For more information. You can view the start values in the XML Source Qualifier transformation before you run a workflow. the Integration Service starts the generated key sequence for all groups at one. Restart 5. You can create. The sequence value for a key that appears in the XML Source Qualifier when you first create the source qualifier. At the end of the session. delete. During a session. 6. Note: If you edit the sequence start values on the Ports tab. The start values for the generated keys display in the Sequence column in the XML Source Qualifier. see “Metadata Extensions” in the PowerCenter Repository Guide. Changing Sequence Start Values You can change sequence start values before or after a session by using the following options on the XML Source Qualifier transformation Properties tab: 98 Chapter 6: XML Source Qualifier Transformation . The repository maintains the following sequence values: ♦ ♦ ♦ Default value. the Integration Service updates each sequence value in the repository to the current value plus 1. Current value. see “Setting Sequence Numbers for Generated Keys” on page 98. The default is 1 for each key. edit. Click the Metadata Extensions tab to create. A sequence value for a key during a session. and delete user-defined metadata extensions. Click OK. and update their values. you must save the changes and exit the Designer before you run a workflow. Delete a metadata extension. and promote non-reusable metadata extensions. A sequence number value for a key at the start of a session. modify. These values become the start values the next time the Integration Service processes the Sequence Generator transformation. Start value. Setting Sequence Numbers for Generated Keys Each view in the XML Source Qualifier definition has a primary key and sequence value for the key. see “Setting Sequence Numbers for Generated Keys” on page 98. At the beginning of a session. Add a metadata extension. You can also update the values of reusable metadata extensions. For more information. For more information. the Integration Service resets the start values to the start values for the current session.Properties Setting Reset Description At the end of a session. the Integration Service generates keys from sequence values and increments the values.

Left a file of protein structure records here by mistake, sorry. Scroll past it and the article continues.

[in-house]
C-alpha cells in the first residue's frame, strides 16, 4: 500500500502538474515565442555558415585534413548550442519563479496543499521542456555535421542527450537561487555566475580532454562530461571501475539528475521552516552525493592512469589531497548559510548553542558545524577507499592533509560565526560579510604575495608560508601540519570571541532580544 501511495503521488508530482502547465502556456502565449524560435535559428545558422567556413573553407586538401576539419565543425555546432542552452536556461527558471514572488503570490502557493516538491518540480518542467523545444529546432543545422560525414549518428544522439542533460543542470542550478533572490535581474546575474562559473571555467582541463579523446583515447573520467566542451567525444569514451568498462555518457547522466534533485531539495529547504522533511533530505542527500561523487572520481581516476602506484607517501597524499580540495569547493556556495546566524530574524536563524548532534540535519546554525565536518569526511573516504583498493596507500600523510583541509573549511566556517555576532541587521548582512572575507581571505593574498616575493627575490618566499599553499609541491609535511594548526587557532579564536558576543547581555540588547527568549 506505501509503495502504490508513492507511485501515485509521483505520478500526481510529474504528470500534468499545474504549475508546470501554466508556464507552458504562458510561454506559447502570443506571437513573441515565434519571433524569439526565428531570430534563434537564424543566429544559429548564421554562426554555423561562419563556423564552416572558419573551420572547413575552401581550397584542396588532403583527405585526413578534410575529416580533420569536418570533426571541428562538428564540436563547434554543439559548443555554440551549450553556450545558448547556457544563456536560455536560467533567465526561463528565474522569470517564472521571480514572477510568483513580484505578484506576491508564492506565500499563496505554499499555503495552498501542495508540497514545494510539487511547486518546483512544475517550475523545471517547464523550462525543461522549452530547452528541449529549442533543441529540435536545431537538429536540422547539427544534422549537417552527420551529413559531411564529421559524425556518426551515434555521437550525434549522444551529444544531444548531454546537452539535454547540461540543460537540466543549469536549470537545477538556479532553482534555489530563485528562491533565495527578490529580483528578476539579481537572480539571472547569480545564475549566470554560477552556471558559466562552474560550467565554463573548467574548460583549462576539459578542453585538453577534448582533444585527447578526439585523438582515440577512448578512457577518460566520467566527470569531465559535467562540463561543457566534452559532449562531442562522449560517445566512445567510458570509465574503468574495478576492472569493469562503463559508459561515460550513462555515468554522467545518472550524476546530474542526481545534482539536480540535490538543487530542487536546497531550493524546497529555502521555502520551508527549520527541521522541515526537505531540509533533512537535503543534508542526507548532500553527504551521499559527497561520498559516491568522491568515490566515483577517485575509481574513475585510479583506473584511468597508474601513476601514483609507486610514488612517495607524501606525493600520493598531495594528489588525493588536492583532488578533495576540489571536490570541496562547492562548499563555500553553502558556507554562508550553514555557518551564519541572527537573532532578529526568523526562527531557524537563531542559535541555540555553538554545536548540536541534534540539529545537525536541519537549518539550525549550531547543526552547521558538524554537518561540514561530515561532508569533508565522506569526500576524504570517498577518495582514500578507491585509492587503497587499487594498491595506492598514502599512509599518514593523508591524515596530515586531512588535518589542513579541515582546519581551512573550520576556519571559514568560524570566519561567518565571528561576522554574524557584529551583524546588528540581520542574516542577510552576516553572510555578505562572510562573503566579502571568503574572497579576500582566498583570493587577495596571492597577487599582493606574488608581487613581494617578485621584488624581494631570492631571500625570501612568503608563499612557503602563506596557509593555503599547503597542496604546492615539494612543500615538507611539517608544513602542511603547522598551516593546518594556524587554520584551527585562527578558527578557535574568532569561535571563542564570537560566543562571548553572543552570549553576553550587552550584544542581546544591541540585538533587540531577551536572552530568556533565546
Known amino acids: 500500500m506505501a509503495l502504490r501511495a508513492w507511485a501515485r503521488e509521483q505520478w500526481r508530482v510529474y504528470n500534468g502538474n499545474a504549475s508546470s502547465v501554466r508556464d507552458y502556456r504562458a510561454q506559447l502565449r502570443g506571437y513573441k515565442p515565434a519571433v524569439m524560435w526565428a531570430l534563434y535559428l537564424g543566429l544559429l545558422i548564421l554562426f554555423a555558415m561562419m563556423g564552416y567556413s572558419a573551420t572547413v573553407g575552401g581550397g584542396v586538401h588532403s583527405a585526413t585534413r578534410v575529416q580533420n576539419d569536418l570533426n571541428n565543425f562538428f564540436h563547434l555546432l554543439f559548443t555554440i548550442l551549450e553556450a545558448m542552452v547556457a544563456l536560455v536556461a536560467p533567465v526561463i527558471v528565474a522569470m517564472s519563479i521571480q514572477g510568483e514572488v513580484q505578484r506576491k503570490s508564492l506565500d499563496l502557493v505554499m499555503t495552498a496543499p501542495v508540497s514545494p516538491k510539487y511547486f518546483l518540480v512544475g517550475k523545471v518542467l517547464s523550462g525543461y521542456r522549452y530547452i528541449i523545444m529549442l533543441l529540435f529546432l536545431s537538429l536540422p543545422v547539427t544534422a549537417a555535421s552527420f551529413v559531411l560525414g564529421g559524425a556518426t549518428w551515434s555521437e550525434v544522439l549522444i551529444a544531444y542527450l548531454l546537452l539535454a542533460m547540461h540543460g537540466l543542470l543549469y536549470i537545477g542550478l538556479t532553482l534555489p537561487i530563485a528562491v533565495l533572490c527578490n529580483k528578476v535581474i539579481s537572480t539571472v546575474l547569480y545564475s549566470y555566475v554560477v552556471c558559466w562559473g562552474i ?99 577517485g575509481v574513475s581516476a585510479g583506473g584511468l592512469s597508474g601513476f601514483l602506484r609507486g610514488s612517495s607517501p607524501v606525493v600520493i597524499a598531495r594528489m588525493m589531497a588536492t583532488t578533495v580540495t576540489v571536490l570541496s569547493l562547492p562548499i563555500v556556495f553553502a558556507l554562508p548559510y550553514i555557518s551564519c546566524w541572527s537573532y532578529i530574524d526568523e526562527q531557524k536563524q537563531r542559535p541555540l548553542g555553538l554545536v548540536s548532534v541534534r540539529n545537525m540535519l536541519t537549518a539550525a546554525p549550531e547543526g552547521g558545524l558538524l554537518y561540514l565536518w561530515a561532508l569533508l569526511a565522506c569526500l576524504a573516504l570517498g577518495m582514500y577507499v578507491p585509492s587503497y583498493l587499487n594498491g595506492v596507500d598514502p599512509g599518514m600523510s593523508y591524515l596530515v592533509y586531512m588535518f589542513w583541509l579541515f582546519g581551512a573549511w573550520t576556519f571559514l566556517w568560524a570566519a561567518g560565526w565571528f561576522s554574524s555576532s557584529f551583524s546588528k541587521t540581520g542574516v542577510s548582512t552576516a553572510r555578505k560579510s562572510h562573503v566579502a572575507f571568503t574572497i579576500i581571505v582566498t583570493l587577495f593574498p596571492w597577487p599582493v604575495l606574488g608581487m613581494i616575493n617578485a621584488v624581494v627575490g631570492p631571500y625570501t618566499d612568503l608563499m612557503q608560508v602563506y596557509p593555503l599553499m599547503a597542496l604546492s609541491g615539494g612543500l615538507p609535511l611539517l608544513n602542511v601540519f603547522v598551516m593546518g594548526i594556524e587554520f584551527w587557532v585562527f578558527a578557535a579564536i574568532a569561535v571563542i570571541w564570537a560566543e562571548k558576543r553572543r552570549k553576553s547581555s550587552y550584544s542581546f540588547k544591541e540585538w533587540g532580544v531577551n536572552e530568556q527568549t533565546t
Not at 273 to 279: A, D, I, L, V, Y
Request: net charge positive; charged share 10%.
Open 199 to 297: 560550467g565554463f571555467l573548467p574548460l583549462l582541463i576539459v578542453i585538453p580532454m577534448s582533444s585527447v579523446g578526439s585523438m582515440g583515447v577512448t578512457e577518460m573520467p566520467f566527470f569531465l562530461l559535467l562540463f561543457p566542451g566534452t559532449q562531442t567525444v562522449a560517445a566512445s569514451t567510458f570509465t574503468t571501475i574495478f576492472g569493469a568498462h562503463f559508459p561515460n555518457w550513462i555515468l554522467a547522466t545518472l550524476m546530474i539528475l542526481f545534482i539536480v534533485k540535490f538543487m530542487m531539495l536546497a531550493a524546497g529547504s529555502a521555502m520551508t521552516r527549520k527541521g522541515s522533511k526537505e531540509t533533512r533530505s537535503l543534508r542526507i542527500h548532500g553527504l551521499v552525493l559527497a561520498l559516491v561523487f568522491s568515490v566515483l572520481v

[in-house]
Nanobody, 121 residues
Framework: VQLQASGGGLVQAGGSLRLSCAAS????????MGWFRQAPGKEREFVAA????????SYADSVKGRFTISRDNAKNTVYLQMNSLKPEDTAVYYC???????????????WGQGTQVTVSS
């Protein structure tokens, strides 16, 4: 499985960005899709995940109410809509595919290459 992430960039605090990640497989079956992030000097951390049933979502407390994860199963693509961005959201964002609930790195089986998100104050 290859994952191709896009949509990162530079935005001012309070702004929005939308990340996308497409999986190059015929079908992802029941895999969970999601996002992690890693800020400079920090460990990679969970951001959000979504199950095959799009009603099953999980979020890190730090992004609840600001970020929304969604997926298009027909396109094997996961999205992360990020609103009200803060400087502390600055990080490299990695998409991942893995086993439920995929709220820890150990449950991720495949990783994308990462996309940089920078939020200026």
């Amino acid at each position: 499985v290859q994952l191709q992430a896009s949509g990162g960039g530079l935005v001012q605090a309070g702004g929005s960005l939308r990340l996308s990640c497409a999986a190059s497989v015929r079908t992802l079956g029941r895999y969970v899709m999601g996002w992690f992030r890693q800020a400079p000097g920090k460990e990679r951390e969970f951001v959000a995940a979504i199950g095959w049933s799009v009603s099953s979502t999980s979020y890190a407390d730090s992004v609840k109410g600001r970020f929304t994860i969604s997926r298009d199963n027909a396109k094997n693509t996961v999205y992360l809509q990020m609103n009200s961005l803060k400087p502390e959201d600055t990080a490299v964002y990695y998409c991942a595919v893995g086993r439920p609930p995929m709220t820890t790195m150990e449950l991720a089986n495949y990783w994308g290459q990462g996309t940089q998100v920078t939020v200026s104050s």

You can link multiple groups from an XML Source Qualifier transformation to different input groups in most multiple input group transformations. such as a Joiner or Custom transformations. ♦ Using the XML Source Qualifier in a Mapping 99 . Consider the following rules when you connect an XML Source Qualifier transformation in a mapping: ♦ You can link ports from one group in an XML Source Qualifier transformation to ports in one input group of another transformation. at the beginning of a session. For example. but you can link the ports of only one group to the corresponding ports in the transformation. Each group in an XML Source Qualifier transformation can be a source of data for more than one pipeline branch. you can link multiple groups from one XML Source Qualifier transformation to one Joiner transformation if the Joiner has sorted input. and you select Restart. At the end of a session. and the Designer treats each group within the XML Source Qualifier transformation as a separate source of data. At the end of a session. For example. you need to organize the groups in the XML source definition so that each group contains all the information you require in one pipeline branch. the start value in the repository remains at 2000. the Integration Service changes the start value to 1. the current value is 2500.♦ Reset. To connect two XML Source Qualifier transformation groups to a Joiner transformation with unsorted input. the Integration Service restarts the start values using the default value. the Integration Service resets the start values back to the start values for the current session. Therefore. However. The following figure shows that ports of two groups in one XML Source Qualifier transformation cannot link to ports in one single input group transformation: Group 1 Column11 Column12 Group 2 Column21 Column22 XML SQ Transformation Column1 Column2 Column3 Column4 Single Input Group X X ♦ You can link ports from one group in an XML Source Qualifier transformation to ports in more than one transformation. When the session completes. The Designer enforces concatenation rules when you connect objects in a mapping. ♦ Using the XML Source Qualifier in a Mapping Each group in an XML source definition is analogous to a relational table. you must create two instances of the same XML source. if the start value for a key is 1005. You might use this option when you are testing and you want to generate the same key numbers the next time you run a session. You can link multiple groups from one XML Source Qualifier transformation to different input groups in a transformation. You can copy the columns of several groups to one transformation. At the beginning of a session. You might use this option if the keys are getting large and you will have no duplicate key conflicts if you restart numbering. For an example on connecting two XML Source Qualifier transformations to Joiner transformations. the start value of a key is 2000. Data can pass from one group to several different transformations. Restart. see “Joining Two XML Source Qualifier Transformation Groups” on page 101.